What is stress 

We understand that stress is a normal part of life; we all experience stress and in small amounts, it can be good for us. Stress is a physical and emotional response we have to internal or external stimuli. Stressors can be anything from work or school deadlines, loss of work or income, major life changes such as loss of a loved one, or a new addition to the family. It can also be caused by internal thoughts or perceptions we have about ourselves or our situation. When we perceive stress, our body releases the hormone cortisol into our bloodstream. This causes the fight, flight, or freeze response which cues us to potential danger. Stress can also give us the push we need to be productive. When the intensity and frequency of stress persists over a long period of time, it becomes chronic stress. This can lead to potential health issues. Thus, keeping our stress levels in check is critical to our overall health and wellbeing. 

Typical signs of stress 

Some typical signs of stress may include: 

● Trouble sleeping 

● irritability 

● Headaches 

● Loss of appetite 

● Tiredness

● Muscle aches 

● Increase or decrease in appetite 

● Anxious thoughts 

The first step in managing stress is to recognize when you have reached your limit. What are your warning signs that you are carrying too much stress? How do you know? We all hold stress differently and the warning signs may look different for each person. You may notice physical signs in your body, or changes in your emotions, thoughts, or interactions with others.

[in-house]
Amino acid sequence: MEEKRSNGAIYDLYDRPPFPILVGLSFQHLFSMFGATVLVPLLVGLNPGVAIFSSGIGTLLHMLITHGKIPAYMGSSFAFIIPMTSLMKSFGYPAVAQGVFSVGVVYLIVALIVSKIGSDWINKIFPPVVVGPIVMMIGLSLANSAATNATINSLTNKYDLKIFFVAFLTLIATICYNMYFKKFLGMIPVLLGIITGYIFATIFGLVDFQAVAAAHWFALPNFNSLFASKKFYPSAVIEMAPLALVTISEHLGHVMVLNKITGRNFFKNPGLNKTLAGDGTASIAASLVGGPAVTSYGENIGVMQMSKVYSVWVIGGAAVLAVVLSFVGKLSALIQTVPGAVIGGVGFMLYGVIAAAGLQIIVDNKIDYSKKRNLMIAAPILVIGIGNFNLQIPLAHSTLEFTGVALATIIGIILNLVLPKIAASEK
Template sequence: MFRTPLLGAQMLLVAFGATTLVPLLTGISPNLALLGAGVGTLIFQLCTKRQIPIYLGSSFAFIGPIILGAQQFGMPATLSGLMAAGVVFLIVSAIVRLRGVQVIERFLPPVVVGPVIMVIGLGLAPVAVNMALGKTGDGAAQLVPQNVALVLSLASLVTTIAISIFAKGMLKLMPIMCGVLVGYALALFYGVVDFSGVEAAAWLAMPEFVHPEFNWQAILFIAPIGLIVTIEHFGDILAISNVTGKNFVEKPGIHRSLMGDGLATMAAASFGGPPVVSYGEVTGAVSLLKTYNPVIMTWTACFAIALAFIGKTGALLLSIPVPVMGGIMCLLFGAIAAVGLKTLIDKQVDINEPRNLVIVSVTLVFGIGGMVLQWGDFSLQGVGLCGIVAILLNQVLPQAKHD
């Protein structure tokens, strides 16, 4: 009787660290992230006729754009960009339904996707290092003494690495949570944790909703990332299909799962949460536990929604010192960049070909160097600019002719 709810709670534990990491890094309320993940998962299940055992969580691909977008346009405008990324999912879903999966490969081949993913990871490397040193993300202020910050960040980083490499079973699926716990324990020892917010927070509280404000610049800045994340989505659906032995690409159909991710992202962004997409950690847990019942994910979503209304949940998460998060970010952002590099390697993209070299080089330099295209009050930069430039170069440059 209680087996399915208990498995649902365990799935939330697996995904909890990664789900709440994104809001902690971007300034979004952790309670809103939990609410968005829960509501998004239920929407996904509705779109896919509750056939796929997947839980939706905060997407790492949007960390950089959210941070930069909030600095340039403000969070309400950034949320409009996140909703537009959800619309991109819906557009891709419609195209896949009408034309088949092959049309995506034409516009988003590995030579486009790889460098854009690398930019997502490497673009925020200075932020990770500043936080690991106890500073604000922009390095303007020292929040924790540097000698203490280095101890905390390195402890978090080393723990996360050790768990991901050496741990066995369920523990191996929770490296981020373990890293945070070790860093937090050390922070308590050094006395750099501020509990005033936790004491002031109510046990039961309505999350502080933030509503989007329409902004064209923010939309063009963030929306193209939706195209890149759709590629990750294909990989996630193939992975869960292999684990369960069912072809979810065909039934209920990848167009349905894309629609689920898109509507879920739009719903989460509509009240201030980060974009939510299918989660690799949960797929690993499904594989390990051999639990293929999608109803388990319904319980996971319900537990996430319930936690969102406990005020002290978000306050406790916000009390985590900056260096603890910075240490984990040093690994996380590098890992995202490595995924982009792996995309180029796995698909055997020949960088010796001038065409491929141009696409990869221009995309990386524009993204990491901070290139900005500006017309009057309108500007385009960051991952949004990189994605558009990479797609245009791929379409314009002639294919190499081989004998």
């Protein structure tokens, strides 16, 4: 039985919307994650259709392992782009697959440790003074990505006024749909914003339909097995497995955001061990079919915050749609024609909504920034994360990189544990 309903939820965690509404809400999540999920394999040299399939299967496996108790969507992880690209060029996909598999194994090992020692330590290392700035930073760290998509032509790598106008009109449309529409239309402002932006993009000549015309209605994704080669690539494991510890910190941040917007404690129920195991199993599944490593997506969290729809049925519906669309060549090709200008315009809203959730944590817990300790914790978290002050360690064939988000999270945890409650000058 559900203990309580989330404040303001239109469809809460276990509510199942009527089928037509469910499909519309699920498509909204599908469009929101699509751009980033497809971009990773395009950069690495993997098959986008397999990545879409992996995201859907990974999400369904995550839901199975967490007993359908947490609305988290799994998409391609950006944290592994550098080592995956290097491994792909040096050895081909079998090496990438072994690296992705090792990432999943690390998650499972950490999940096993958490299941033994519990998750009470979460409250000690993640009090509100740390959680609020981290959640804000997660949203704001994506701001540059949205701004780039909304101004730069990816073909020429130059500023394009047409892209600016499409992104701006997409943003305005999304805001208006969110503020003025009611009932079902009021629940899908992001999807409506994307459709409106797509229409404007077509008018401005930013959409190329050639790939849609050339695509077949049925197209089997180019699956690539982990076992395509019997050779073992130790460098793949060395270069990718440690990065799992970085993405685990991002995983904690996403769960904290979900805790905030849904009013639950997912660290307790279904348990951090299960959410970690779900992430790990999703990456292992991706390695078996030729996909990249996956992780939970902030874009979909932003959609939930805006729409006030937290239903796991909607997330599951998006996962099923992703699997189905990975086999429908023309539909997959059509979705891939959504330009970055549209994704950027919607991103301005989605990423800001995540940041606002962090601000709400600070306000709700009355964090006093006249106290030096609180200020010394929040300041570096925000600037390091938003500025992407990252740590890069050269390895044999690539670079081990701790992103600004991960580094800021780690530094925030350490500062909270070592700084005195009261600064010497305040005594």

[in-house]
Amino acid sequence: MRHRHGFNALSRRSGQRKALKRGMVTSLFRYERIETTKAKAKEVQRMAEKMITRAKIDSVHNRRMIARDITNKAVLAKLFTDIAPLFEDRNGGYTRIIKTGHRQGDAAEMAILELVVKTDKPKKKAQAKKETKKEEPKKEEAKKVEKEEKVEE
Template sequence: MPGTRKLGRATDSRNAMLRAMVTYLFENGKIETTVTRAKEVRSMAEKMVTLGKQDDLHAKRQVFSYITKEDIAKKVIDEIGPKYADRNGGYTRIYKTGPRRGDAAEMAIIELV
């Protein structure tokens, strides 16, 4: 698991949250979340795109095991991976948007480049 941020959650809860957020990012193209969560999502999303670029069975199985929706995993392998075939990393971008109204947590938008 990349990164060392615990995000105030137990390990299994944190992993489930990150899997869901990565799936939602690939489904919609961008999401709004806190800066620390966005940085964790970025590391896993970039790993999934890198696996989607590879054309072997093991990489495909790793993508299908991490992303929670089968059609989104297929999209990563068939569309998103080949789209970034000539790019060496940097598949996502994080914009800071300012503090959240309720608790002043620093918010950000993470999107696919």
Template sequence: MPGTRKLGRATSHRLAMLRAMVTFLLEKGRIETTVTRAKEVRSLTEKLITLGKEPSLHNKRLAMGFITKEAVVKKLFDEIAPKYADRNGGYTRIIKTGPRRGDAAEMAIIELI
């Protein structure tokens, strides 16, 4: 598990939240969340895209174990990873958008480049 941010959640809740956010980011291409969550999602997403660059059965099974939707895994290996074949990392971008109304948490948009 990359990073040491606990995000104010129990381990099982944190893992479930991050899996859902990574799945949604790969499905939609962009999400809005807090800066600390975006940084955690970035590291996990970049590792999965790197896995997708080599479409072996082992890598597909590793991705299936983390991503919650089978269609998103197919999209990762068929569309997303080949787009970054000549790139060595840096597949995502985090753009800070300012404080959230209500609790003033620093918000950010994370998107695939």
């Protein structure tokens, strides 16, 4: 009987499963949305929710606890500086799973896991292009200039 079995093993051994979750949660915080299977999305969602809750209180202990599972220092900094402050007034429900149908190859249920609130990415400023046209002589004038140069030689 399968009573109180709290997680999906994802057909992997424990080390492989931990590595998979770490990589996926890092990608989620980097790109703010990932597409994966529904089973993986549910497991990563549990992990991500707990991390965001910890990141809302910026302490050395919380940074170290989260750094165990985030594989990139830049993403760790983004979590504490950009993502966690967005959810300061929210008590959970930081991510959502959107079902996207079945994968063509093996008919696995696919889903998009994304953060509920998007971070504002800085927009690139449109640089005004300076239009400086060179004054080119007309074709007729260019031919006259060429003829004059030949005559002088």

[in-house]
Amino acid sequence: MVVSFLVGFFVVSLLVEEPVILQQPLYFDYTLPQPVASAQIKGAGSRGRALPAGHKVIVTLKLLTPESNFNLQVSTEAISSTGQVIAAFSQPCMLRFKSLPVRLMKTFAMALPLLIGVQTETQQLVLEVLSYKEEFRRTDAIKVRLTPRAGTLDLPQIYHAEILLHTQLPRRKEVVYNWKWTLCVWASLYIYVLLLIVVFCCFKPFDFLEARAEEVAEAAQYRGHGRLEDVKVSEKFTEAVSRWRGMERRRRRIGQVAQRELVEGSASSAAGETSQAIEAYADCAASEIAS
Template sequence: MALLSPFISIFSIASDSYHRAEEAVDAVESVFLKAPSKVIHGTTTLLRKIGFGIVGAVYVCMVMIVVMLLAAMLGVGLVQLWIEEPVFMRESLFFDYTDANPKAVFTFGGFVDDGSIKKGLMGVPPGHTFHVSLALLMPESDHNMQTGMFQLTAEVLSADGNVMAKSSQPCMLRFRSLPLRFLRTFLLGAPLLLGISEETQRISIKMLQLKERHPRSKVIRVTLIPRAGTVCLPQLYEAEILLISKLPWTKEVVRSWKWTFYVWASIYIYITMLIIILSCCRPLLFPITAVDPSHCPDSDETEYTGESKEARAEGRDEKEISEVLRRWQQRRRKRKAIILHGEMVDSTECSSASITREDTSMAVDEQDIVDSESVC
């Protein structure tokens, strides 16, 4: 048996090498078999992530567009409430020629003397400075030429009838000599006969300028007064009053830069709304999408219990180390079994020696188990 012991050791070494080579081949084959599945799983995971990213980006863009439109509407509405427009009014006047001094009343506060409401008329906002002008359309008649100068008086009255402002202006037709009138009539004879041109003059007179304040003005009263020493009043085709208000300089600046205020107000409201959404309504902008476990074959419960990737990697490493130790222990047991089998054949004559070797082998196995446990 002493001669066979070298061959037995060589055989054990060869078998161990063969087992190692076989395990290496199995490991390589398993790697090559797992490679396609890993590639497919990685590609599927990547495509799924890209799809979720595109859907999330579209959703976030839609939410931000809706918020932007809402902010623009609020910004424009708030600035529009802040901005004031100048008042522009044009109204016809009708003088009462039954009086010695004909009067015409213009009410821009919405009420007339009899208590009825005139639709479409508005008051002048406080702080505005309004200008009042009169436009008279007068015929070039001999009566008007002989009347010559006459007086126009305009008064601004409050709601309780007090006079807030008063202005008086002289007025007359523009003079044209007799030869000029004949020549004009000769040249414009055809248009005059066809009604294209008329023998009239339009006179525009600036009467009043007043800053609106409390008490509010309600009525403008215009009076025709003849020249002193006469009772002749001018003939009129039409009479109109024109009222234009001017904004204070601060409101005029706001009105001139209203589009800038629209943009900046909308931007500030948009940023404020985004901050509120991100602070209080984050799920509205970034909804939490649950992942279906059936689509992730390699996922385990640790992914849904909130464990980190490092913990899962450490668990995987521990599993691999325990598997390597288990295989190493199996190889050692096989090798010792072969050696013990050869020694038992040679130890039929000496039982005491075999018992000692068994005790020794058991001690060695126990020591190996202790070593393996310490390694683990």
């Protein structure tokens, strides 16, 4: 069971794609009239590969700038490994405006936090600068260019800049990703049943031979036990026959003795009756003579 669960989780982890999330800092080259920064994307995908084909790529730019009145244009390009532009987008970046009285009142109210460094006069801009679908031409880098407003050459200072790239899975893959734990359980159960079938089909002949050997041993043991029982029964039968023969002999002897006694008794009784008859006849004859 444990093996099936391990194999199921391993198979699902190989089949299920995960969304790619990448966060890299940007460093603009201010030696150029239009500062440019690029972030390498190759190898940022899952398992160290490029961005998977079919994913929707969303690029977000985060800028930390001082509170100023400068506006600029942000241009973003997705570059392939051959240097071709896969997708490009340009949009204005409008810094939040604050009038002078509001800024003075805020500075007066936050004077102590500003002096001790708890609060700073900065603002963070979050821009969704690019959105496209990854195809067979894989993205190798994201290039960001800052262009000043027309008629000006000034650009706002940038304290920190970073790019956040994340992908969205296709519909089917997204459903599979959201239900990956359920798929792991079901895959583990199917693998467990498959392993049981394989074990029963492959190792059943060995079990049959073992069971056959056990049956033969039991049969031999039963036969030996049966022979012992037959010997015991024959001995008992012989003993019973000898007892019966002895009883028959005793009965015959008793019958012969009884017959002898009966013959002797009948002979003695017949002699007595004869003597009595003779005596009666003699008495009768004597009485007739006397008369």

Over the years I have learned some of my warning signs. When I am stressed out, I become irritable, experience trouble sleeping, and more difficulty concentrating than usual. When my partner tells me that usually hilarious joke and I roll my eyes instead of laugh and engage, I know it’s time for me to do a self-check-in. 

Recognizing your Indicators of stress 

With any emotion, we must first recognize the feeling is there, this gives us some control in how we react, instead of getting swept away by it. Doing a quick self-check-in a couple of times a week can really help you get in touch with how you are feeling and how your mood changes. It also allows you to tune in to your inner thoughts and check for any stress warning signs before things start to boil over. One way to do this is to take a few minutes out of your day and find a quiet place where you can be still and reflect on your feelings. Do you notice anything in your body? Any tight muscles or aches? Are there any thoughts or worries that have been popping up for you today? Write in a journal or make a mental note. Try to do this at least every other day. 

Keeping track of your mood is the first step in taking control of your mental health. We carve time out of our day to maintain our physical health. Just like brushing our teeth, good emotional hygiene is equally important. After all, your brain is part of your body. So don’t forget to take the time to check in with yourself!